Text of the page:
.................Blittersdorf cites a hostile political climate for his recent decision, and he credits Gov. Phil Scott, who campaigned on opposing industrial wind development in 2016, as the main force behind this new reality.
“In 2012 there were over a dozen wind projects in development. Now there are none,” he said. “This is truly a sad state of affairs for Vermont. Climate change is the greatest challenge of our time. We must combat the carbon emissions crisis and move to a renewable energy-based future.
“We simply can’t do this without wind energy as part of the mix. Anyone who tells you otherwise either doesn’t understand the science, or is lying.”......................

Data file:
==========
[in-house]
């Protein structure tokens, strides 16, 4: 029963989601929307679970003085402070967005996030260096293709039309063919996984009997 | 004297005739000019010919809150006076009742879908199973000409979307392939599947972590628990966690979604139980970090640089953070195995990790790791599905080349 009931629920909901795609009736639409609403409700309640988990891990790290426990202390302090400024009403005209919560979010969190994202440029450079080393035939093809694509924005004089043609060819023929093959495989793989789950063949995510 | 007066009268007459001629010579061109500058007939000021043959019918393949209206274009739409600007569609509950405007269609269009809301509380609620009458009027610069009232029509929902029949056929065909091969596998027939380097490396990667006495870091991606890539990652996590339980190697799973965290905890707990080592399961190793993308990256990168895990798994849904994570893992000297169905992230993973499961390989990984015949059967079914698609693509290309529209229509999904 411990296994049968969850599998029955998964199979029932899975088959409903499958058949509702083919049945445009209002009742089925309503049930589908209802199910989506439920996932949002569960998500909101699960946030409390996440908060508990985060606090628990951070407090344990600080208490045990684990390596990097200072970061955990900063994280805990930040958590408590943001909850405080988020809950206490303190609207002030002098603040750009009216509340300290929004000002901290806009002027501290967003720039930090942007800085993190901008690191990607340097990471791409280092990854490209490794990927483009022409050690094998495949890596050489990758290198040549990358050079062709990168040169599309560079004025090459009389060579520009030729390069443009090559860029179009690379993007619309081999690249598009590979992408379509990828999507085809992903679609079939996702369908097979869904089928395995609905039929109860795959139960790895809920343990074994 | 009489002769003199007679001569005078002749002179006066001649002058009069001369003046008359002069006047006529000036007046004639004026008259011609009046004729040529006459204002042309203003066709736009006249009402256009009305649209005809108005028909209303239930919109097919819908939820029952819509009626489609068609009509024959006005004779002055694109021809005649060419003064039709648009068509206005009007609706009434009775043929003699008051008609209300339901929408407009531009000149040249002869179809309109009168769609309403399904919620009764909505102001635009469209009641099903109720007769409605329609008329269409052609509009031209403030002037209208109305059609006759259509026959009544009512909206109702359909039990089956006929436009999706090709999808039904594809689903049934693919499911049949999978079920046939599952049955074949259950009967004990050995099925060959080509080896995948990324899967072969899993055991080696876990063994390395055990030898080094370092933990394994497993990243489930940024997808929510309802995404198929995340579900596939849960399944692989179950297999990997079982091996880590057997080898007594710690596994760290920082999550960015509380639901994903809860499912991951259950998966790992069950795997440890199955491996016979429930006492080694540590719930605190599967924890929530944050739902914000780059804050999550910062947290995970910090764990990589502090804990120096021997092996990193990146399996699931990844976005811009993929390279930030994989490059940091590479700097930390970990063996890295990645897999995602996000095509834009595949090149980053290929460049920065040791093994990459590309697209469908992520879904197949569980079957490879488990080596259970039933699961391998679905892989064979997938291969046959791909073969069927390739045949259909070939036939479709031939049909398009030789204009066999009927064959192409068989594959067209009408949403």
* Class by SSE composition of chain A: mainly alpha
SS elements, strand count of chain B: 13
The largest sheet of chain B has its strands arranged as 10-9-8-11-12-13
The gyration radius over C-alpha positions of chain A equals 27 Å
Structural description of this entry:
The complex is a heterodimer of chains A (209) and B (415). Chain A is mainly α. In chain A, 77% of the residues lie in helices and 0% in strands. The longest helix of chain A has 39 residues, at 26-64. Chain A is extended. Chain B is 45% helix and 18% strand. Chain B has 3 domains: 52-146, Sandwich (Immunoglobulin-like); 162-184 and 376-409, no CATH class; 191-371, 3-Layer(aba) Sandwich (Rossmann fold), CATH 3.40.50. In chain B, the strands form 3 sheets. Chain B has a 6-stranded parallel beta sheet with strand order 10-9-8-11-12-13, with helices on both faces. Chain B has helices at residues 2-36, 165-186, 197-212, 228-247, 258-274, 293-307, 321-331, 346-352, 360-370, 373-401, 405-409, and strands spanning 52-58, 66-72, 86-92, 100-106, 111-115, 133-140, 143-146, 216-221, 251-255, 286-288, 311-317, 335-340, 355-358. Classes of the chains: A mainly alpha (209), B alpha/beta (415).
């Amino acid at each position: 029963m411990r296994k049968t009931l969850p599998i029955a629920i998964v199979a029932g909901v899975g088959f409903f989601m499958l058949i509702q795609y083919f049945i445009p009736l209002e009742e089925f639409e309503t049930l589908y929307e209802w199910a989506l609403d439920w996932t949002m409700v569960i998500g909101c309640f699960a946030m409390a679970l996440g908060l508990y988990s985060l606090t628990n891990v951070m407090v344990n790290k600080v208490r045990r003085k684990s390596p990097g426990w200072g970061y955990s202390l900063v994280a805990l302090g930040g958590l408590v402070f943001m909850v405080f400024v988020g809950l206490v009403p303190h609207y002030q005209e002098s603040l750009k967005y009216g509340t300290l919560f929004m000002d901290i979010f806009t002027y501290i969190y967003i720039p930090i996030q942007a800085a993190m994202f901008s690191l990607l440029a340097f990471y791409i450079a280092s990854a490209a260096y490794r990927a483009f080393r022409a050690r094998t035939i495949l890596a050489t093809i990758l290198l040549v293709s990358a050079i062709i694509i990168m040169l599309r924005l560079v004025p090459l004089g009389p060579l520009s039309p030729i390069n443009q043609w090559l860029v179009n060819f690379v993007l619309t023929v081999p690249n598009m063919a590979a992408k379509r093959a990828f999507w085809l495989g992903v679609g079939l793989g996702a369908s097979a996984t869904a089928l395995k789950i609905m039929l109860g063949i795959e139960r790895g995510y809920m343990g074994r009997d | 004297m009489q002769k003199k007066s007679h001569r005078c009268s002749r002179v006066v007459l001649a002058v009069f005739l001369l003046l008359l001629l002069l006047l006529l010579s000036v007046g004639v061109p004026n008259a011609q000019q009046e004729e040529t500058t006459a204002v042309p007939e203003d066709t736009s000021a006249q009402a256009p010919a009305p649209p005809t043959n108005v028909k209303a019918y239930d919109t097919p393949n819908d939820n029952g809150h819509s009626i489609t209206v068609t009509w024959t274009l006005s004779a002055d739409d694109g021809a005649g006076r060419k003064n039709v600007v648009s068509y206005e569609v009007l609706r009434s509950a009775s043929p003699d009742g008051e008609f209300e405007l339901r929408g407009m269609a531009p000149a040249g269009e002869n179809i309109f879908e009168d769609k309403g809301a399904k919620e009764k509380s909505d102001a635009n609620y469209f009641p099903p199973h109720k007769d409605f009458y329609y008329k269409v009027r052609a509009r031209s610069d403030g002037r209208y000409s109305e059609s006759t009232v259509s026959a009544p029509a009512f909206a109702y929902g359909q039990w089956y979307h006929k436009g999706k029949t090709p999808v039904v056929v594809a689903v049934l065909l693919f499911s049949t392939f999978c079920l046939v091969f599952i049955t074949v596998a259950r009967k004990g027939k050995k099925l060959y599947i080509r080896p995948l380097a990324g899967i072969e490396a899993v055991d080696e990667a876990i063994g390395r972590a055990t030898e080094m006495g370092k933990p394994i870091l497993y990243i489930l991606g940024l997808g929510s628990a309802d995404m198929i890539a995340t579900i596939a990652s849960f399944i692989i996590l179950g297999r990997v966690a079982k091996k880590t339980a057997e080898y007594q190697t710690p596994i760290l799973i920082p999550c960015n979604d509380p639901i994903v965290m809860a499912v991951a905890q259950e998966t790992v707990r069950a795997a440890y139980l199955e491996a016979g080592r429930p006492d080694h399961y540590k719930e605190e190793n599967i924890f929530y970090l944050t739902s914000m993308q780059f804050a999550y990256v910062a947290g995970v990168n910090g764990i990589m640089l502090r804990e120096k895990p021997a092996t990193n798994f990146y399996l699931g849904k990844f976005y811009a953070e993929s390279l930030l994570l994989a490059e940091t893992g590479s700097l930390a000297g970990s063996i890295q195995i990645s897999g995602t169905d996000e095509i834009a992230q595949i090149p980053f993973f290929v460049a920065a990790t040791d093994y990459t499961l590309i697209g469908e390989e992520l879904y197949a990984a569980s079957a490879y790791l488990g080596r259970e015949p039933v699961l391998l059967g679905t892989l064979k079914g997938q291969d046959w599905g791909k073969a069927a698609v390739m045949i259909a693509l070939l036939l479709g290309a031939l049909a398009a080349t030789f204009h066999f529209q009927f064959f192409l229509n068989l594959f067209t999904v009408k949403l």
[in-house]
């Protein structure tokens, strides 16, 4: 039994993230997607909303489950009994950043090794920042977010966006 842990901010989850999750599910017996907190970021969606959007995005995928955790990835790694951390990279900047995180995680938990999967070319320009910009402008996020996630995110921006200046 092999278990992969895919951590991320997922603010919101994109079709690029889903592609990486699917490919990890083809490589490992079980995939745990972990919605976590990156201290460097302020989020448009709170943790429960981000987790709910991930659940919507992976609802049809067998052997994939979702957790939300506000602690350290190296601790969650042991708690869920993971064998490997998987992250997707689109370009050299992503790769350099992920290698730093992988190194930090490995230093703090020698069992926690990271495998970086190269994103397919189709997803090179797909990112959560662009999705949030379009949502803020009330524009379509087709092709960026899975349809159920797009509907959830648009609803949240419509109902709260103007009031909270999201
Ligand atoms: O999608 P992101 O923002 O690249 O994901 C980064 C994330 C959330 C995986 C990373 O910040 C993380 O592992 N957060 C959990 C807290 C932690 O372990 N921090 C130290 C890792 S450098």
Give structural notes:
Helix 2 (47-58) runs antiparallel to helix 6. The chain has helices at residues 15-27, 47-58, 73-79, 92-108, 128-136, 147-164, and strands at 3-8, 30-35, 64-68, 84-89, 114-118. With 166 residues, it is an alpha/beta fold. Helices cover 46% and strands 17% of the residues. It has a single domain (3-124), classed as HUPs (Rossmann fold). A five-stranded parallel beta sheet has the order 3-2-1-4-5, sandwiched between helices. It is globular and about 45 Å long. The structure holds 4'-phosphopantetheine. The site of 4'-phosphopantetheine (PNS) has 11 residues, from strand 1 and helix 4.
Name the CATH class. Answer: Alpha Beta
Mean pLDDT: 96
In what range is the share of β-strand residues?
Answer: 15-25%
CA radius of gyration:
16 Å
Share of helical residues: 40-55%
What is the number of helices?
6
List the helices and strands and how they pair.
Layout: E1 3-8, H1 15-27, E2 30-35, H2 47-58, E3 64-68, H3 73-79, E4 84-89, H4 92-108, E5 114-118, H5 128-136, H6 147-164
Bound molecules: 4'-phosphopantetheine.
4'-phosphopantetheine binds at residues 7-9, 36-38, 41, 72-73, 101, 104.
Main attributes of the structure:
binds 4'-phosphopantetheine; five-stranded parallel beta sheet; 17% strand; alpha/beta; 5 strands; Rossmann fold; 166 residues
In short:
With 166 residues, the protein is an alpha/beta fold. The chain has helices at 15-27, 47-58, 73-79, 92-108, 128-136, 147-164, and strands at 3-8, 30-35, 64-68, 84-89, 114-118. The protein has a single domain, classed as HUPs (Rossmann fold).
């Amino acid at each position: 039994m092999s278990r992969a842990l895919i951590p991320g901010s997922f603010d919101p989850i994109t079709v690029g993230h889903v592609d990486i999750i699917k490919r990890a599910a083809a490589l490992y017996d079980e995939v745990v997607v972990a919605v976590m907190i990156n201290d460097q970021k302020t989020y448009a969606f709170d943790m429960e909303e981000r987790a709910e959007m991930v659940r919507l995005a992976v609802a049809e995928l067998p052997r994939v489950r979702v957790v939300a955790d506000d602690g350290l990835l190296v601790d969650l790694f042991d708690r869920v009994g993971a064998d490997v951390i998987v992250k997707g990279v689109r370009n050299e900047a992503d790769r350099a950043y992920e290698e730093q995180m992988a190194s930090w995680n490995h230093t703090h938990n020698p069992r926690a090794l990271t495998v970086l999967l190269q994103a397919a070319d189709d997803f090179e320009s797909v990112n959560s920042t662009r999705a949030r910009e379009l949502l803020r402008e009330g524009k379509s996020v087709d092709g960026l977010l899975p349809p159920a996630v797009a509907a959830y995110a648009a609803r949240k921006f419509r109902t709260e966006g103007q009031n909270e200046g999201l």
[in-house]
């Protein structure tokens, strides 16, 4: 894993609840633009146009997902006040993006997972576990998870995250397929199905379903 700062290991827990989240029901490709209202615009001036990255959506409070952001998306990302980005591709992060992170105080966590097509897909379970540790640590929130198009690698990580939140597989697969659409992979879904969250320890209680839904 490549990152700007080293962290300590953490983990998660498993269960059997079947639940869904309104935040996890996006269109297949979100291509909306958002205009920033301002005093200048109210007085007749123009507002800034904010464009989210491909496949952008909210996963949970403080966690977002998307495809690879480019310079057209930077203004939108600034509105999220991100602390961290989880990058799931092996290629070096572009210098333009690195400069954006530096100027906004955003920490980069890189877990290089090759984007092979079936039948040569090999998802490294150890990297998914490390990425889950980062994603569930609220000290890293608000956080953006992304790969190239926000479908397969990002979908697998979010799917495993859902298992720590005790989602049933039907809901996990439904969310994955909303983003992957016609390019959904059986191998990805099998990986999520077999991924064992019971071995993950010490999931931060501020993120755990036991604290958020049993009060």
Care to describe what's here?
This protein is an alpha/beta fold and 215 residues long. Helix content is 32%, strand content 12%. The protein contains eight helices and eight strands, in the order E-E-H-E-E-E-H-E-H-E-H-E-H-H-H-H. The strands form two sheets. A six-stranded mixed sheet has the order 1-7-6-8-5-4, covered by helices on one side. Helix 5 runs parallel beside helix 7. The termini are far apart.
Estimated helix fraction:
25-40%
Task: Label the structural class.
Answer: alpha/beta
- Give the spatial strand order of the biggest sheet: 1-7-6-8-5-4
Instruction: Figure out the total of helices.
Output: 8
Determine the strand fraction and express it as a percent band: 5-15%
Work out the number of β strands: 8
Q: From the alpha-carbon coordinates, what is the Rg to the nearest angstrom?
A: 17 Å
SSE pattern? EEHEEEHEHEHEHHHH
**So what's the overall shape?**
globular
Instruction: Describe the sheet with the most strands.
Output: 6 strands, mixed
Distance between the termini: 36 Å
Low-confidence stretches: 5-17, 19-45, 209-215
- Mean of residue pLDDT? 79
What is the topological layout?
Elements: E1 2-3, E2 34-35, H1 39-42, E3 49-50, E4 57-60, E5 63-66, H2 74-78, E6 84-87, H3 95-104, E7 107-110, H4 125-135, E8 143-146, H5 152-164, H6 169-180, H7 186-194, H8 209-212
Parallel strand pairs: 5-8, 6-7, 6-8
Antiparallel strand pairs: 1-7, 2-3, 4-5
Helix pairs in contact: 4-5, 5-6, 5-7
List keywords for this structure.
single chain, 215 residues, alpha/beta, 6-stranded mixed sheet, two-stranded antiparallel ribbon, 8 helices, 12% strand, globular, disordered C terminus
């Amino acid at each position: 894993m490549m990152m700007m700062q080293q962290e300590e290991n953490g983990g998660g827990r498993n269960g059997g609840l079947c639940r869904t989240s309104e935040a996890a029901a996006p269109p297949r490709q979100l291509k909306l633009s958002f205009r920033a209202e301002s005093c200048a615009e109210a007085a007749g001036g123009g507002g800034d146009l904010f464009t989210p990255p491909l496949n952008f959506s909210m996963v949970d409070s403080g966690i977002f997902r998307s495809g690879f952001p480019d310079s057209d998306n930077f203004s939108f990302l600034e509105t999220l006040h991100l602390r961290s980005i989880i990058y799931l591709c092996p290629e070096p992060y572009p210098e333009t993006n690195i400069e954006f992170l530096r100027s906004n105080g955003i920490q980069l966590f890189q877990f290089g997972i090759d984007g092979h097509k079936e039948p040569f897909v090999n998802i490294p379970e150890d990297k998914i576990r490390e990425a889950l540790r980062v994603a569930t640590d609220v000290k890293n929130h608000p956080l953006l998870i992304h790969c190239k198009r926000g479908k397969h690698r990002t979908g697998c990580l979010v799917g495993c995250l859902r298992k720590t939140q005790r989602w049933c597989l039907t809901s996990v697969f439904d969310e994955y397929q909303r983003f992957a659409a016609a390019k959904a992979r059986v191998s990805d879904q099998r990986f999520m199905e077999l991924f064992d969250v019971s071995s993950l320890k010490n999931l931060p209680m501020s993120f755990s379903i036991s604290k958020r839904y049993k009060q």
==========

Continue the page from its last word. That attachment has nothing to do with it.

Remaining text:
One of the most vocal opponents of industrial wind turbines in Vermont has been Steven Therrien, who formerly lived near the 40-megawatt Sheffield Wind Farm. While that was not a Blitersdorf project, he had said his family suffered so much from the sound and “infrasound” coming off the project that his family sold their home at a big loss. Therrien passed away suddenly at home on Jan. 2.
When lawmakers took action three years ago to set decibel limits for turbines, to protect Vermonters’ health, Blittersdorf’s reaction was that the limits were too stringent. He said they would amount to a “ban on wind.”
Annette Smith, director of Vermonters for a Clean Environment, has been a critic of Blittersdorf. She told True North that Vermonters are “celebrating the end of aggressive wind energy developers who have attempted to force inappropriate technology into Vermont’s rural communities that oppose industrial wind turbines.”
“We hope that renewable energy developers have learned from the numerous failed industrial wind turbine proposals of the last decade how important it is to work with the people who live here,” she added.
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